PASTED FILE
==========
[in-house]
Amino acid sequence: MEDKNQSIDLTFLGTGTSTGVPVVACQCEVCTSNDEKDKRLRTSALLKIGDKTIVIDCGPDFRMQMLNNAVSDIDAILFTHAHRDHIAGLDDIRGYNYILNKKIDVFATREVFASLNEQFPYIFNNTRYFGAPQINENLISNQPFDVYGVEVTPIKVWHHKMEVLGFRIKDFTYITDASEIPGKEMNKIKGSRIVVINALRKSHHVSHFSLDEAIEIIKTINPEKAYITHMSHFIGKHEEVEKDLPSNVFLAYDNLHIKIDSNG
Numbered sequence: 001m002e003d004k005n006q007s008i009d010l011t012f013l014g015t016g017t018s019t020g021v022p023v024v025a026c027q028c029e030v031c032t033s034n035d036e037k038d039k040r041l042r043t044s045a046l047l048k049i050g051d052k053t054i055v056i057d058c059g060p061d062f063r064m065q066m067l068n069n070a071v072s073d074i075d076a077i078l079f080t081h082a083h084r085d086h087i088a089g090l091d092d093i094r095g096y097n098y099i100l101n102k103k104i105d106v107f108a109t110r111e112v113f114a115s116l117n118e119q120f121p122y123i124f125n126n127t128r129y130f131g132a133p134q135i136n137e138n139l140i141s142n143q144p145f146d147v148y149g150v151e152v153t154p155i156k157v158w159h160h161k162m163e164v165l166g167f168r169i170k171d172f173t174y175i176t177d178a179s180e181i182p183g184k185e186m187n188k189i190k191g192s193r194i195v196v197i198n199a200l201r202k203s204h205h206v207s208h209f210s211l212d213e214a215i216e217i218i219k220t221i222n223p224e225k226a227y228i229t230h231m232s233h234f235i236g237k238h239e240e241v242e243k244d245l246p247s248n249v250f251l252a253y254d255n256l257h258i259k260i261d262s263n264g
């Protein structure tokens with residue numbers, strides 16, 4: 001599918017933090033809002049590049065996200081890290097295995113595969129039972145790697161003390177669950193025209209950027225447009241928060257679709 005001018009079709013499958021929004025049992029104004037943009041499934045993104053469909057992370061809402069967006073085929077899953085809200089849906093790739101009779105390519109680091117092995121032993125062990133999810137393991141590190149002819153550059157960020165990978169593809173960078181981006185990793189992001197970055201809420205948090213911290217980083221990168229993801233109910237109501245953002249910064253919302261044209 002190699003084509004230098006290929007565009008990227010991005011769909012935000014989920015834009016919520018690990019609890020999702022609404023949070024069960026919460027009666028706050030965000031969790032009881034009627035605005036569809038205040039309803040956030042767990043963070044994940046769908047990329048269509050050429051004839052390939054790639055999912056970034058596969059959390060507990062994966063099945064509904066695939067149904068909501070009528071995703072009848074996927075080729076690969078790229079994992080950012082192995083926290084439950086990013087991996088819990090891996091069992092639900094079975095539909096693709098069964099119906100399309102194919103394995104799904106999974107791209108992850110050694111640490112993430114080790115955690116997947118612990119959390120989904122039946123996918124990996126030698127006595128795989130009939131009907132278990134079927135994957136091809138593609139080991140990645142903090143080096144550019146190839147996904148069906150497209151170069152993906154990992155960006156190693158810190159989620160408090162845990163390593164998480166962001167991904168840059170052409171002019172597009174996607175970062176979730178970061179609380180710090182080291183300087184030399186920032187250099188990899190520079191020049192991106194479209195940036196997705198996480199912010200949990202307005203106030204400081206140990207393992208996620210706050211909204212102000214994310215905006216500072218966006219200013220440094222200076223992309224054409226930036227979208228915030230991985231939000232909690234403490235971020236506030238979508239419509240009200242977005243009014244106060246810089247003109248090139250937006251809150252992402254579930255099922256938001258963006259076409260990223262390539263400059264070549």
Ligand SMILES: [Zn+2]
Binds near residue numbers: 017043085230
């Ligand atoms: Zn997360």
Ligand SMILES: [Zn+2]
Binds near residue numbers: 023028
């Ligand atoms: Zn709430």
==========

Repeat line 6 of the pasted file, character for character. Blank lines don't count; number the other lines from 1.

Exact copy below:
Binds near residue numbers: 017043085230